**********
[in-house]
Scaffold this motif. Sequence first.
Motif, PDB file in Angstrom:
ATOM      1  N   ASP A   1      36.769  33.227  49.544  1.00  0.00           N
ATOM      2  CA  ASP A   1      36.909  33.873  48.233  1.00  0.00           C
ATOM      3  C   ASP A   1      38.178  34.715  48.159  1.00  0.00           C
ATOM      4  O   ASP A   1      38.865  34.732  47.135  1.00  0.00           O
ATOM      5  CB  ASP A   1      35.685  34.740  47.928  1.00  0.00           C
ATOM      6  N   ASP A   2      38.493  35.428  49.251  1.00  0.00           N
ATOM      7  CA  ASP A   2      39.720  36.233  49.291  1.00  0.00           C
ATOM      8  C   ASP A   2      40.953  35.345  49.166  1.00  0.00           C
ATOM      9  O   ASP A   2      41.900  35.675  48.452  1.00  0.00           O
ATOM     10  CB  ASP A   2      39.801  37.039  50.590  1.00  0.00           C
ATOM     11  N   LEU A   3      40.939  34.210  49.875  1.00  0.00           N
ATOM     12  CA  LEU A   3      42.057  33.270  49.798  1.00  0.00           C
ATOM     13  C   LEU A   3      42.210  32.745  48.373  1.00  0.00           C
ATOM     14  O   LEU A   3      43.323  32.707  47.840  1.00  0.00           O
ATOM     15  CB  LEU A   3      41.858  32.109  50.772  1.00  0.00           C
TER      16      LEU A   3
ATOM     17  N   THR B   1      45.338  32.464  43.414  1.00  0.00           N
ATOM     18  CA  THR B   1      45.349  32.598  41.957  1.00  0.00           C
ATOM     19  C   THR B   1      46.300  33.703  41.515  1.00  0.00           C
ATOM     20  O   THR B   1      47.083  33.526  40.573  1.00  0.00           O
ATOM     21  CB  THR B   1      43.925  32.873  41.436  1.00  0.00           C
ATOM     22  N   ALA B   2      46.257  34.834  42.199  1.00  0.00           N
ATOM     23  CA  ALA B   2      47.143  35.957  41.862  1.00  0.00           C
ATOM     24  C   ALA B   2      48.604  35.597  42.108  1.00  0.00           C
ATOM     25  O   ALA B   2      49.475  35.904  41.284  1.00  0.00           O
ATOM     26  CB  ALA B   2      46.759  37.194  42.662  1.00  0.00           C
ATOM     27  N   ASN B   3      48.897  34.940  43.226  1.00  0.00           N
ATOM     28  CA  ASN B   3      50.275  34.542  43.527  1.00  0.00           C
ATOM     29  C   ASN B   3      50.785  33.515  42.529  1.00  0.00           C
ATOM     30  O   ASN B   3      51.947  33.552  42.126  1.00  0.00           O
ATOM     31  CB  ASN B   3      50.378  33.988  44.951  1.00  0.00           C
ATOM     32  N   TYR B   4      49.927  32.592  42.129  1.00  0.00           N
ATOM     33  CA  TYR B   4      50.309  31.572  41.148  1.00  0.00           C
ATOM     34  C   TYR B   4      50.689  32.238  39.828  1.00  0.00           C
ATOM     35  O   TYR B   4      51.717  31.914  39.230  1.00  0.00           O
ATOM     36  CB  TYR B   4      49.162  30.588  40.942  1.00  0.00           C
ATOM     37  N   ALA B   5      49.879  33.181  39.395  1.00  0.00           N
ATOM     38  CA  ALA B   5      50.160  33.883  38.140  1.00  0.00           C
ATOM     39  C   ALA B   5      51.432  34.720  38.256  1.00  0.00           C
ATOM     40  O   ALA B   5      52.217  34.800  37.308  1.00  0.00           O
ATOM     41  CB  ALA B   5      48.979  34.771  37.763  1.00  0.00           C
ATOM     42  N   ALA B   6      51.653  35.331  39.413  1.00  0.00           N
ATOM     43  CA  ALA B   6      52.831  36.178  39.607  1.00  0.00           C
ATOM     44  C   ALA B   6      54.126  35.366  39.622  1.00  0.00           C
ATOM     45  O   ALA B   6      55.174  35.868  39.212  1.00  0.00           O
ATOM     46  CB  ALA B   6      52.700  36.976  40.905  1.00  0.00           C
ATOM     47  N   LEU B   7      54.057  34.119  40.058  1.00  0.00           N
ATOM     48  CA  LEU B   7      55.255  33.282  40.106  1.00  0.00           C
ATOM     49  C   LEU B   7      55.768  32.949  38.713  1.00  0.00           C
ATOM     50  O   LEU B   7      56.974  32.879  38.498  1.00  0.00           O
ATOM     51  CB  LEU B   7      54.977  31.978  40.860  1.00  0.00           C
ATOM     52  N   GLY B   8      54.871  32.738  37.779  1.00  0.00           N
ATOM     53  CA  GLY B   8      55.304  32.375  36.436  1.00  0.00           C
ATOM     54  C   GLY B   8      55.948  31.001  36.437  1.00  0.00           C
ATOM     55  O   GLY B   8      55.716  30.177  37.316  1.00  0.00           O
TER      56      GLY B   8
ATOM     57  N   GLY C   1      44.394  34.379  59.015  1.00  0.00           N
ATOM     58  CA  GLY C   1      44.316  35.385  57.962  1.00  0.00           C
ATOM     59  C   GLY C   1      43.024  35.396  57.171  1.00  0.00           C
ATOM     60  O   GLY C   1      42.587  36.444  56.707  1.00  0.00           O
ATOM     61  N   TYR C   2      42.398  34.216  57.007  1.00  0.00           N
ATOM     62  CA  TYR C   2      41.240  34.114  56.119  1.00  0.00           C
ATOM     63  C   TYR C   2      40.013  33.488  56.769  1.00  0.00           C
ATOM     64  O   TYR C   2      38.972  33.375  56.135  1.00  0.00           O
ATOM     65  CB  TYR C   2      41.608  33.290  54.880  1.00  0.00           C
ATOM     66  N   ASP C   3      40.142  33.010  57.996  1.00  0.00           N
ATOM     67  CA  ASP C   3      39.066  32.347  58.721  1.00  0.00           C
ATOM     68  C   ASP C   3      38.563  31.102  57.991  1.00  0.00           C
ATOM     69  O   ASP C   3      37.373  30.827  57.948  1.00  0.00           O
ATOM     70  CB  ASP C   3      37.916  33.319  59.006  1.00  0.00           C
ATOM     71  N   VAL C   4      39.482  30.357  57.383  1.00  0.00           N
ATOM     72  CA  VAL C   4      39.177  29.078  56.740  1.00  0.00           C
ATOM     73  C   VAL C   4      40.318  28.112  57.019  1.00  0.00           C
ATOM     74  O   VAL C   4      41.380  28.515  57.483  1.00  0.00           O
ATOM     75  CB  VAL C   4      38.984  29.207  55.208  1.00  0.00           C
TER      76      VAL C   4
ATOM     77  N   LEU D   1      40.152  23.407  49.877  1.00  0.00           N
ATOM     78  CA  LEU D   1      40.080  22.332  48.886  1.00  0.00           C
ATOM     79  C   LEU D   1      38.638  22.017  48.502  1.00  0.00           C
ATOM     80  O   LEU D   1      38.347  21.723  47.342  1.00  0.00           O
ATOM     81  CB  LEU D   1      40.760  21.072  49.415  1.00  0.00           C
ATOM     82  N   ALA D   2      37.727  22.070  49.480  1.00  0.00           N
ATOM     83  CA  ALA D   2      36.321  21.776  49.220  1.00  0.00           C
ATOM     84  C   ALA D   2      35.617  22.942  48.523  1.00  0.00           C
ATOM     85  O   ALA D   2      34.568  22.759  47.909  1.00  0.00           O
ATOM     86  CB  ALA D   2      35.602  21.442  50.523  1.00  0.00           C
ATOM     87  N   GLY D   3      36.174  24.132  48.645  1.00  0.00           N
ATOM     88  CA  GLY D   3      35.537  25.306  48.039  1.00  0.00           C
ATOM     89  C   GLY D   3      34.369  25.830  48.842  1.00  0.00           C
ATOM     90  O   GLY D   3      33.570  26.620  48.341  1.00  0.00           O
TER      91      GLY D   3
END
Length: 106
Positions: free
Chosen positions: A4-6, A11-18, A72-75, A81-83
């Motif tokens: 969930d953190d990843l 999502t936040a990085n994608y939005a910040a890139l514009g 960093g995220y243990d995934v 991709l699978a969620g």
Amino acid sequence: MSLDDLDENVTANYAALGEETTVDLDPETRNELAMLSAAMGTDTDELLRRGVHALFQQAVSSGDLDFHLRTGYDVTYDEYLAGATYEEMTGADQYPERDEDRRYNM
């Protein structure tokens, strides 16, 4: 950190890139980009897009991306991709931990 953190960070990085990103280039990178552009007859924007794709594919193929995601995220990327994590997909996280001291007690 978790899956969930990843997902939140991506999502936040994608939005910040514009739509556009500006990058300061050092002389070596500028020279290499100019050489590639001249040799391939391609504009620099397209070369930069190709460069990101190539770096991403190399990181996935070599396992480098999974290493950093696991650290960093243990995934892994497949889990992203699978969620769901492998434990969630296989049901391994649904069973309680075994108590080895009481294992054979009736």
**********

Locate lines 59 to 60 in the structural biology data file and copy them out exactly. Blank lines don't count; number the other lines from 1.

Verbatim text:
TER      56      GLY B   8
ATOM     57  N   GLY C   1      44.394  34.379  59.015  1.00  0.00           N